At Oserengoni Wildlife Sanctuary by Naivasha’s lakeshore wilderness
Above: Sailing on Lake Oloidien. Courtesy Oloidien Wildlife Sanctuary
Published: Satmag Nation 2 July 2021
By Rupi Mangat
Darkness descends. “There it is…,” exclaims Bernard Chege Mburu, a veteran safari guide of 15 years at the18,000-acre Oserengoni Wildlife Sanctuary twixt Lake Naivasha and Hell’s Gate National Park. In a milli-second, the leopard melts away in the dense leleshwa woodland, just stopping for a split second stare at us.
Of the 30-plus leopards at Oserengoni, there are six within minutes of the upscale Chui Lodge in the sanctuary. Chege points to the territory of an old male with a younger one now challenging him. “But he’s not as strong as the older one and always is chased away.”
A few minutes away, is the favourite acacia tree of the female leopard with her three cubs. But leopards being so secretive, we wonder if she’s watching us while keeping her cubs sheltered.
Driving out of the leleshwa woodland that is one of the few remaining in the area, it opens to the grass plains with a Silver-backed jackal getting ready for the night hunt. A large herd of buffalos brood on the plains while above, a trio of large vultures ride the thermals to reach their roost for the night. Until a few years ago, the cliffs of Hell’s Gate boasted the largest roosting site of the now ‘Critically endangered’ Ruppell’s Vultures. Looking towards the national park, white plumes of steam point to the geothermal plant in it, the Rift Valley still so active in its belly.
Spotted hyenas delight us with their lopping run thanks to the anatomy of the skeleton which features shorter hind legs. “The head looks really big because of the fur but its skull is actually very small and dense,” informs Chege. No wonder, these animals were confused for bears in Nandi Hills (imagine bears in Africa!). The hyena clan is ruled by the matriarch and females only look after their own puppies unlike the lions. There’s much more about these carnivores that makes fascinating reading.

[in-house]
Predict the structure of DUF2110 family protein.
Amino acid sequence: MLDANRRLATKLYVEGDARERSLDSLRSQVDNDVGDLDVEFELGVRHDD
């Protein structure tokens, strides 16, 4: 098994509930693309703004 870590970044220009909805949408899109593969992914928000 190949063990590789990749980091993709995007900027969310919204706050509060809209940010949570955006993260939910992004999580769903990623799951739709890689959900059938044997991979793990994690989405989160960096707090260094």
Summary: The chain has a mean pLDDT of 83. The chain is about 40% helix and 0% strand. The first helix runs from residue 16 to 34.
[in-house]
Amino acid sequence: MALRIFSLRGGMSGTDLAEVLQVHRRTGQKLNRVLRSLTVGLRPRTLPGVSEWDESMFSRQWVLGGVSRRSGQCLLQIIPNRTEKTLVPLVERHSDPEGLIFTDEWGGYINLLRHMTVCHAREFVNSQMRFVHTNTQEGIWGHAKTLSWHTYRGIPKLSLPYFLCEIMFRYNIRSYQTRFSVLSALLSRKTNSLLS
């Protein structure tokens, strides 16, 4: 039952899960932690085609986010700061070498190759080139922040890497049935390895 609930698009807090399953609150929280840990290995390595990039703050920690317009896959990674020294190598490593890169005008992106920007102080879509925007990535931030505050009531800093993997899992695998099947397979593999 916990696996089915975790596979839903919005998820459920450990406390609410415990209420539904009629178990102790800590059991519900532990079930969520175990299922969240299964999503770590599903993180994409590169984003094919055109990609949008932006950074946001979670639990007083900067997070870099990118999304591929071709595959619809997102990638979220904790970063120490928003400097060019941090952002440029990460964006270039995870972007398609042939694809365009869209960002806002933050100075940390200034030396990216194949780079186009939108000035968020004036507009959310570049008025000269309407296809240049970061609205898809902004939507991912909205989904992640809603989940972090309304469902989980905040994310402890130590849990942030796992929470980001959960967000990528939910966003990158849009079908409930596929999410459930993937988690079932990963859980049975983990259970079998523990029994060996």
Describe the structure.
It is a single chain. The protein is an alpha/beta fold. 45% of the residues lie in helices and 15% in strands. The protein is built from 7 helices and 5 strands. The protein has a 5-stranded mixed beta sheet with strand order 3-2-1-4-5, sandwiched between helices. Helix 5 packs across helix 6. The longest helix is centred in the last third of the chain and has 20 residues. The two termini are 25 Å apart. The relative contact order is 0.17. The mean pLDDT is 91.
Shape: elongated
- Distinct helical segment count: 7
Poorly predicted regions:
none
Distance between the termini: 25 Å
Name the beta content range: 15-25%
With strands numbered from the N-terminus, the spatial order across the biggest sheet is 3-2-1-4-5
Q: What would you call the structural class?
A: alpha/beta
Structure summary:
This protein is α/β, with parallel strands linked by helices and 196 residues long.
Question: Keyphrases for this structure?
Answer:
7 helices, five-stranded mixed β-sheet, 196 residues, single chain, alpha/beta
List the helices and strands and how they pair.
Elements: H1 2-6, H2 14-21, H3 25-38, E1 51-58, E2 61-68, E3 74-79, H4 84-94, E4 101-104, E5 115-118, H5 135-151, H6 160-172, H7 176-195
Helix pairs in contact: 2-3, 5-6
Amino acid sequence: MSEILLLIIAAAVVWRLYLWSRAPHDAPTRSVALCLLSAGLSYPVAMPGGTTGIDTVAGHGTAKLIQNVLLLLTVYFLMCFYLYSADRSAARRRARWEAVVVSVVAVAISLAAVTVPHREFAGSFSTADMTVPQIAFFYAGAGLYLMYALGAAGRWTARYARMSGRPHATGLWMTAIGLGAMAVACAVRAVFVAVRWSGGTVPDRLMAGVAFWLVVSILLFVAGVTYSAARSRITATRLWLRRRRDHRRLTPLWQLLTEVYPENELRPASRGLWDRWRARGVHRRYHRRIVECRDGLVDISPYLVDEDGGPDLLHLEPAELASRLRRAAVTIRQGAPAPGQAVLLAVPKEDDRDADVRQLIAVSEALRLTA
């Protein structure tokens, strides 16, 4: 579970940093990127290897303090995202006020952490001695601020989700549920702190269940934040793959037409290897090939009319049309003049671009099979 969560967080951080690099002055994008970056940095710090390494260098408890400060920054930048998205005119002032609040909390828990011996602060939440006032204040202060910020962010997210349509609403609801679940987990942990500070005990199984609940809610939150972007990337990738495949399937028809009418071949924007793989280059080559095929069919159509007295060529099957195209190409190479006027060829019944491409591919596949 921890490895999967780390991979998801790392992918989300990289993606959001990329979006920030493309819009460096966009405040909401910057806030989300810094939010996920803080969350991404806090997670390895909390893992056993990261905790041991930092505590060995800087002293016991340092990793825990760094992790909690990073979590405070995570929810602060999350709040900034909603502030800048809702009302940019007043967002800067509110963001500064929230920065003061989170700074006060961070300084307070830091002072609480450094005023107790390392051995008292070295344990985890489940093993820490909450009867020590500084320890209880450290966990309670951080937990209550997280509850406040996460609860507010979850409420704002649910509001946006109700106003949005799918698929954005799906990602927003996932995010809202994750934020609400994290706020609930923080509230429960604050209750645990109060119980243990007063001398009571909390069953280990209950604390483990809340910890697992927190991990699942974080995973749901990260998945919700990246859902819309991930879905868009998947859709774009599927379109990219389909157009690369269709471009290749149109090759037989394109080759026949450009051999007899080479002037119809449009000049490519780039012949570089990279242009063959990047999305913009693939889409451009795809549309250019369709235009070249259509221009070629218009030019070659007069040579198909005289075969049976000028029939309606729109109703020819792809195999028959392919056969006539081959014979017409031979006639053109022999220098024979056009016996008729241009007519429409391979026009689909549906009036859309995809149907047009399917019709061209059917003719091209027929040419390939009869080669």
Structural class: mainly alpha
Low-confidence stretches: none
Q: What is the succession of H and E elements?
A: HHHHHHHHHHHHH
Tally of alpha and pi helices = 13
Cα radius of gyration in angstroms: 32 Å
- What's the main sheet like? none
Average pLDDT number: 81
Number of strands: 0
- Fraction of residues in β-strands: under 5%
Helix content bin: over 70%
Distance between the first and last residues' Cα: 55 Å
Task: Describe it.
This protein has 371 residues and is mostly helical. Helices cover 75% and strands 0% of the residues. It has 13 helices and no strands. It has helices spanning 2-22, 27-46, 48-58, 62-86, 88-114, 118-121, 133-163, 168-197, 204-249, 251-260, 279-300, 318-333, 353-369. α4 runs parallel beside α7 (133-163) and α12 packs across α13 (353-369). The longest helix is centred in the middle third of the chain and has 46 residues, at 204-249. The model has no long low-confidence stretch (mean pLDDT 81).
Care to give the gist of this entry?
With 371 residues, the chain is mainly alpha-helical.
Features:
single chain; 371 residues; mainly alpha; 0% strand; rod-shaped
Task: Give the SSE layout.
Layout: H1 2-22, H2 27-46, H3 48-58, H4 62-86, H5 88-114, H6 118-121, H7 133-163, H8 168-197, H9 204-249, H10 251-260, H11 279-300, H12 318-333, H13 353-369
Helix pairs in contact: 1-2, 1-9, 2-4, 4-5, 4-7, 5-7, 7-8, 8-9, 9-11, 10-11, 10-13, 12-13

In the eventide, we chance upon a herd of zebras, the common Burchell’s with the only herd of Grevy’s zebra brought in from the northern hemisphere. These finely-stripped zebras number only 2,500 in the wild – hence they are very rare.
Chege invites us to a sun downer on the plains as the setting sun bathes the Mau in soft hues of pinks and purples. A flock of White-backed Pelicans settle on a lone acacia and then we’re enveloped in night, warmed by the leleshwa bonfire.
En route to the lodge, a Spotted Eagle-Owl lands on a leleshwa, cocking its head, listening for prey with its tufted ears. Nearby an African hare with its extra-large ears runs away to escape this predator. By the time we reach the lodge, we’re high on excitement, settling down to dinner by the termite mound that doubles as a fireplace.
The morning brings the buffaloes, eland, giraffes, impalas, gazelles and the warthogs to the waterhole at the lodge. Driving out, Chege introduces us to the Eland with her cow friends. Found on the plains by a Maasai herder, Miss Eland spent a few days with the herd before the herder brought her to Oserengoni for safe-keeping. However, by this time, Miss Eland saw herself as a cow and jumped straight over the fence to join her cow family. Elands, despite being the largest antelopes have the ability to shoot up into the air and jump over ten-foot high fences.
A hearty bush breakfast is followed by a leisurely boat ride on Oloidien, Naivasha’s little sister. While Oloidien is salty, Naivasha is fresh. Separated by a narrow strip of land with a canal cut through like the Suez during colonial times, Oloidien’s moods are dictated by her bigger sister. Because of the recent heavy rains, where all the East African lakes rose phenomenally, Oloidien’s acting fresh. The boat captain flings a tilapia and there’s a flurry of copper wings as four large African fish eagles swoop down for the treat. The fastest of them grabs the fish with its talons and lands on a rocky insel to tear the fish apart and gobble it.
24 hours at Oserengoni is a microcosm of Naivasha’s once-upon-a-time. “That’s why it’s important to link all the wildlife conservancies so that there’s a wider dispersal area for the wildlife,” states John Karanja of Oserengoni’ operations.
The champagne at breakfast has never tasted better with that sentiment in the air.
All about Oserengoni https://www.oserengoniwildlife.com/
It’s 120 km west of Nairobi on tarmac road. Chui Lodge in the sanctuary is upmarket and small. Or with a group of friends or family, book Chui house or Kiboko house by the sanctuary, overlooking Ol Mula hill.
En route to Oserengoni, book a tour of Kenya’s riveting raptors at Kilimandege https://www.kilimandege.com/, one of the raptor rescue centres under the Kenya Bird of Prey Trust – https://www.kenyabirdofpreytrust.org/ .
You’ll meet the vultures, eagle and owls – all rescued from injuries from power lines, poisoning and people persecution. You’ll even get to hold some as you learn about raptor world in today’s Kenya.